By Cathy Ceibe
An interview with Roberto Hernandez Montoya, president of the Romulo Gallegos Foundation Center for Latin American Studies (CELARG) in Venezuela.
“Media totalitarianism produces capitalist ideology, but also dangerous, even criminal, phenomena. The United States lied about weapons of mass destruction in Iraq. Media totalitarianism took up those lies to justify the invasion of the country, becoming in its turn a weapon of mass destruction. That invasion cost over a million Iraqis their lives.”
Cathy Ceïbe for Humanité: Last April, you made a presentation at the Organization of American States (OAS) of your work on media totalitarianism. What does that concept cover?
Roberto Hernandez Montoya: That concept covers a change in civilization. Yesterday, there was an engaged press, on the right as on the left, and even religious. But it was not organized the way the big corporations are. That press had ideological and political tendencies, but it was not a global monolith in the sense that today, several media outlets – The Washington Post, Fox News, CNN – set the rhythm for the news and its contents. These are epicenters of the news that spread it. Moreover, if one pays attention, one will find that a news item is sometimes repeated with the same spelling errors. The media respond to events in extremely similar ways. It’s a matter of dominance that is as much ideological as corporate.
Media totalitarianism produces capitalist ideology, but also dangerous, even criminal, phenomena. The United States lied about weapons of mass destruction in Iraq. Media totalitarianism took up those lies to justify the invasion of the country, becoming in its turn a weapon of mass destruction. That invasion cost over a million Iraqis their lives.
Media totalitarianism is not shared, but dictated. The milieus surrounding the military powers, the so-called military-industrial complexes, orient and decide. They carry out the creation of enemies, as during the time of the Inquisition when whoever failed to obey the Church’s general orientation was accused of being a heretic. The right to a defense was abolished.
At present, we are experiencing a similar situation. Take the case of the Taliban. Yesterday, they were heroes. President Ronald Reagan called them freedom fighters because they fought the Soviet Union; they were necessarily good. Today, they incarnate evil because they act for their own account. When Saddam Hussein warred against Iran, nobody had any complaints. But when he began to act for his own account, he became the enemy to bring down. Imperialism is a rather nervous master.
Cathy Ceïbe: Honduras Is a Case Study …
Roberto Hernandez Montoya: That coup d’état is suspiciously similar to the one perpetrated against Hugo Chavez in 2002. A president was illegally confined. It was said he had resigned, which was not true in either case. It was said that there had not been a coup d’état. In Venezuela, they talked about a power vacancy; in Honduras, about a so-called Constitutional act. And then there was a revolt and the repression of the masses. There’s a new way to execute coups d’état. In the southern cone (Chili, Argentina, Uruguay), after the coups d’état, it was impossible to act. It’s all about immobilizing the masses.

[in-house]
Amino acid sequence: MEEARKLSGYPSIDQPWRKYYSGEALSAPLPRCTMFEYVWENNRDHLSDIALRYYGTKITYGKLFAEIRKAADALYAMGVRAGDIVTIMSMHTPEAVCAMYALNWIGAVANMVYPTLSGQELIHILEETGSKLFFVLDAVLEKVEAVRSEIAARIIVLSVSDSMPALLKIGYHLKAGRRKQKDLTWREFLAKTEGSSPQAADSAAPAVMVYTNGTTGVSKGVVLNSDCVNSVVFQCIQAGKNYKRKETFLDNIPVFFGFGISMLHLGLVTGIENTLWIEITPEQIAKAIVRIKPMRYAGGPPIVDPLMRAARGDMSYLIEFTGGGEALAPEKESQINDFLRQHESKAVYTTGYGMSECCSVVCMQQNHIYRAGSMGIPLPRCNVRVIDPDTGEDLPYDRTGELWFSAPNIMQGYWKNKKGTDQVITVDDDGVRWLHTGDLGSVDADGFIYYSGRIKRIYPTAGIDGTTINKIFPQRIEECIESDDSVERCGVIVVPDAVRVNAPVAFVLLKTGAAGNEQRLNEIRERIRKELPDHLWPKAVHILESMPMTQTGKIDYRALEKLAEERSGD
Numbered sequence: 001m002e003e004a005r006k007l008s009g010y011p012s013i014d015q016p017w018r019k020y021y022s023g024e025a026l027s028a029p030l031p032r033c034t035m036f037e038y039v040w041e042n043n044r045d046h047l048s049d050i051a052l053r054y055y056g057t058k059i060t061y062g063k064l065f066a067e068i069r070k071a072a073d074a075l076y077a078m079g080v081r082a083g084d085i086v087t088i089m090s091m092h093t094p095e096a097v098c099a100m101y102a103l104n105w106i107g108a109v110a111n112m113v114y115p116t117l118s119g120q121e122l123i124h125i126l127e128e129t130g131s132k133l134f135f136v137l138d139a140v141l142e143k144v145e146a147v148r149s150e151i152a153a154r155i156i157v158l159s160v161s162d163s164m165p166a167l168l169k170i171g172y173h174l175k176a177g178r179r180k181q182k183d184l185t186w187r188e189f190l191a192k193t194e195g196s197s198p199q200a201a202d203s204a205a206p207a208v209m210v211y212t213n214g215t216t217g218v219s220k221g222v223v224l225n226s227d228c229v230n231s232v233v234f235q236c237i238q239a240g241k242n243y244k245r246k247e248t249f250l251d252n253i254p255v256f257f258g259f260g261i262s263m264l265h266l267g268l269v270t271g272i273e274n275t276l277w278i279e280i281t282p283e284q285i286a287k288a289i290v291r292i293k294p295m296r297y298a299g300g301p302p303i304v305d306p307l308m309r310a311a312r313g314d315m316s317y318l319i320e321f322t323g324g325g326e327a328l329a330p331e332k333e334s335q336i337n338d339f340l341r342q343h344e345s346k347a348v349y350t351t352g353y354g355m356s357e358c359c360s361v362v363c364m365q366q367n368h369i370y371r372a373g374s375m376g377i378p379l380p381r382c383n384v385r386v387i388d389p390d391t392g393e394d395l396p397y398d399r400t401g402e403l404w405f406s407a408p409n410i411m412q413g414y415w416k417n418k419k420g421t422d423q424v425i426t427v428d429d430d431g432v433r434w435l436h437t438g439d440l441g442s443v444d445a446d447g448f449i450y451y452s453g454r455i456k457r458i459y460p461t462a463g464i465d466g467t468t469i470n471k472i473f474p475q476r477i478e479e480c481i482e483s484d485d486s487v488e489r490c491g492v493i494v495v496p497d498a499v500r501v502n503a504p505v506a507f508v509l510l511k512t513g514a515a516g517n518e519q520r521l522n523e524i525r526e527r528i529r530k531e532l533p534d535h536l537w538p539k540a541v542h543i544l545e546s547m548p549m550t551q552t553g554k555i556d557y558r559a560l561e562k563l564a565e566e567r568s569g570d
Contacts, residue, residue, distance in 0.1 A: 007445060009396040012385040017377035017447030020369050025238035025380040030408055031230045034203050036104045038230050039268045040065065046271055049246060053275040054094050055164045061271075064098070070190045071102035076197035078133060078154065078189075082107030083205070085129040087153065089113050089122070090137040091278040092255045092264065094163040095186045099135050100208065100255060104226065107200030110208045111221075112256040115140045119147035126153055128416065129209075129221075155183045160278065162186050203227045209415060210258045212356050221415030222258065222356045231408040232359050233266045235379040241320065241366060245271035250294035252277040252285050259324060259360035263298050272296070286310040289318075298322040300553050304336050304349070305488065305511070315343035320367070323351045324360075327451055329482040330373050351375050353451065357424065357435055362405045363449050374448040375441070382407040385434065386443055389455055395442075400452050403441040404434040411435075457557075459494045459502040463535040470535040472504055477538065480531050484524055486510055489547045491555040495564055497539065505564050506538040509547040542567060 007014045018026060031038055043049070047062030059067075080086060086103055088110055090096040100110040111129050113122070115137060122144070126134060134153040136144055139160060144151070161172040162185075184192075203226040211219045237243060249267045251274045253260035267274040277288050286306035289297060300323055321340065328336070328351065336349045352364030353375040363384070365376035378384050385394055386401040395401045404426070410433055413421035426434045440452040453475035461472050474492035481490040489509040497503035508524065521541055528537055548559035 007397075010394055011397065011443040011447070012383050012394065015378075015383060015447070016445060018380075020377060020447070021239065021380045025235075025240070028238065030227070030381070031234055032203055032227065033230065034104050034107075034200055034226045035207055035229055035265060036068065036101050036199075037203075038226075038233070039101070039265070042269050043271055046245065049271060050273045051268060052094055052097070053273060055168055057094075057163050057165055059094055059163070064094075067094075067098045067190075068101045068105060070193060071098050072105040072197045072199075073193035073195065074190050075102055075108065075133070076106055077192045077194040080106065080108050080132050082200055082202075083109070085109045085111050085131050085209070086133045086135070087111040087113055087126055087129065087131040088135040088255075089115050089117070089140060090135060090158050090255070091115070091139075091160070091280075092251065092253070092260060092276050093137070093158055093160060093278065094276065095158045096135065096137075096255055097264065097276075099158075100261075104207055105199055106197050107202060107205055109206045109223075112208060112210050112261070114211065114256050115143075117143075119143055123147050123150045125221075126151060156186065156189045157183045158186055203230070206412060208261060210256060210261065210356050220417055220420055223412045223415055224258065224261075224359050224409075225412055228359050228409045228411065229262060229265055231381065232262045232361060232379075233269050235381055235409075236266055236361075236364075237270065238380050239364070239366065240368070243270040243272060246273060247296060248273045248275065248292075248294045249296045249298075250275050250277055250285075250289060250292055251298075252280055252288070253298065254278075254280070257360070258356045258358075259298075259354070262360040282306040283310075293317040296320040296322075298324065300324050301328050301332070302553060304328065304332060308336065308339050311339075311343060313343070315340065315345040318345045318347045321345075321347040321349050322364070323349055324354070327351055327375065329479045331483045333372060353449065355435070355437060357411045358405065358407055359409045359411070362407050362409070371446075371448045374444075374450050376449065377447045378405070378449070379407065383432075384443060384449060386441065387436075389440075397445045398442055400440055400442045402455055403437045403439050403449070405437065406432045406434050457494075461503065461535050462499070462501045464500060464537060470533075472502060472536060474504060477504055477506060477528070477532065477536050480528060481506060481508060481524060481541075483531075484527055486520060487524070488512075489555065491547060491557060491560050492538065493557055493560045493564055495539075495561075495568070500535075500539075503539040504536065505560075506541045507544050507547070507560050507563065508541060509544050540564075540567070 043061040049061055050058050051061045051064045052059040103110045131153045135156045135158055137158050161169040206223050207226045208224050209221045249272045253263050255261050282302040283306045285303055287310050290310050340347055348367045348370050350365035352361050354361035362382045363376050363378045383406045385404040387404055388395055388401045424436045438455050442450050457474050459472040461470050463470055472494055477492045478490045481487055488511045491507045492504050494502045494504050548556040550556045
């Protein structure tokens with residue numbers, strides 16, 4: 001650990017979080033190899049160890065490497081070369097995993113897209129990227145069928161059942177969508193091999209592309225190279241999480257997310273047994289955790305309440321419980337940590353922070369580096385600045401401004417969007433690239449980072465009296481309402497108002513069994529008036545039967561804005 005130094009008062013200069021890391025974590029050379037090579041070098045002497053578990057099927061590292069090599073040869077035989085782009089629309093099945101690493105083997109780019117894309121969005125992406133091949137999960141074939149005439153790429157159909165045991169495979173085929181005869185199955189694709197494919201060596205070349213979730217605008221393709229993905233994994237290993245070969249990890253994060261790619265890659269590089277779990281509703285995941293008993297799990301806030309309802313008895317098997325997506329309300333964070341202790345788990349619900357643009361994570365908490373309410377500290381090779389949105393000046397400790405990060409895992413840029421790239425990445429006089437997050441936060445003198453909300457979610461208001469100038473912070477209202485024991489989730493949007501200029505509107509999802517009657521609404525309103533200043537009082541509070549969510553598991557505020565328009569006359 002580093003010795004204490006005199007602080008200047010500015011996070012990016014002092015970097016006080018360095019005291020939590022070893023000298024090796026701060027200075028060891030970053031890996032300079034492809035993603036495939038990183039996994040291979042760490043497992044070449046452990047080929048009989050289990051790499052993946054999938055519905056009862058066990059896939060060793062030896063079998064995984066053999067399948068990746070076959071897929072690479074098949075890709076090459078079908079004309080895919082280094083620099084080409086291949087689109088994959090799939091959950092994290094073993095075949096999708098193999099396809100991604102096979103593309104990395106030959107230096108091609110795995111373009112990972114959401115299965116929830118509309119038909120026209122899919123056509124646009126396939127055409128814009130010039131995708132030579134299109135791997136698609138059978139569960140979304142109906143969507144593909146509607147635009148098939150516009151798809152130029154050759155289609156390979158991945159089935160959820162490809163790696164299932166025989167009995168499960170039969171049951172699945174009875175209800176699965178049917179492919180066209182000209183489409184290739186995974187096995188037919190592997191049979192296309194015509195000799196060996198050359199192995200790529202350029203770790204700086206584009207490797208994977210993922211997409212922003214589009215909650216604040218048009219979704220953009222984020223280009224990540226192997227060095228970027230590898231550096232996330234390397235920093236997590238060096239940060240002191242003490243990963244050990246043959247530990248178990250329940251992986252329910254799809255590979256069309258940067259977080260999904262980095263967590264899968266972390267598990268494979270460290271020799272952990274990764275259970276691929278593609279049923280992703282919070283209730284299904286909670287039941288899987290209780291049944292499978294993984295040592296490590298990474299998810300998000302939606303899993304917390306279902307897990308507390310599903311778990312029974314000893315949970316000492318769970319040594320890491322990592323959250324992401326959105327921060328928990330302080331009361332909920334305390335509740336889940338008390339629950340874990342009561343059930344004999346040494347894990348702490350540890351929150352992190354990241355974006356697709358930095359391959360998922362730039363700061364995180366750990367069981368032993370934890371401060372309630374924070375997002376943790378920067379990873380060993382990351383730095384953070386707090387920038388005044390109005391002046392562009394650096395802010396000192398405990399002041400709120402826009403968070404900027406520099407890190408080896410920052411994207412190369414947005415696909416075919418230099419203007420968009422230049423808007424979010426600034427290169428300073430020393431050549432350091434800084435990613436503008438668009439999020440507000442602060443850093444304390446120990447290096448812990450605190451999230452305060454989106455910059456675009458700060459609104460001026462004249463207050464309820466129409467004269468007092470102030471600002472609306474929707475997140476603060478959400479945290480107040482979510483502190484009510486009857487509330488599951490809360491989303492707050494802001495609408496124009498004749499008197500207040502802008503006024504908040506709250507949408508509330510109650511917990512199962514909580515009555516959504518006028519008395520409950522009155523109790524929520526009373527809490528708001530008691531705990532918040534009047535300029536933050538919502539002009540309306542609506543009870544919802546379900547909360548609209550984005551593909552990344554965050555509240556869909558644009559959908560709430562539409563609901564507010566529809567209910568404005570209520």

Today, it’s different. We witness soft coups d’état, fourth-generation wars. Everything begins with demonstrations, often led by right-wing students, then mobilizations of the middle class. And then already-codified activities are put in place. Manuals exist about how to do it.
Cathy Ceïbe: Does the media treatment of these events participate – even against its will – in this political strategy?
Roberto Hernandez Montoya: The coup d’état in Venezuela was a mediatized coup d’état. For the first time in the history of the world, the media had organized everything. They called for a rather big demonstration which veered off towards the presidential palace. And then they placed snipers who killed nineteen people, fifteen of whom were Chavez supporters. They wanted to provoke a violent situation in order to accuse Hugo Chavez of human rights violations. They established a scenario that was a pure lie. It required analysis of another film of the events to show that the government was not responsible for those deaths.
With respect to Honduras, the media made a mistake about Barack Obama’s reaction. The president spoke rather clearly against the coup d’état. The situation in the United States is rather complicated, especially on the right. But the sectors surrounding Obama are continuing to act, with the help of American bases present in the region and in Honduras.
Cathy Ceïbe: To what extent do new technologies, notably the Internet, play a role in breaking down this media wall?
Roberto Hernandez Montoya: I wrote a reflection a few years ago entitled “New media against Old Coups d’état.” At the time of the coup d’état in Venezuela, the Internet and cell phones encircled the traditional media. When they realized that the coup d’état was failing, they ended up demobilizing.
Cathy Ceïbe: Are the media taking the place of opposition parties?
Roberto Hernandez Montoya: Yes, they are acting like political parties.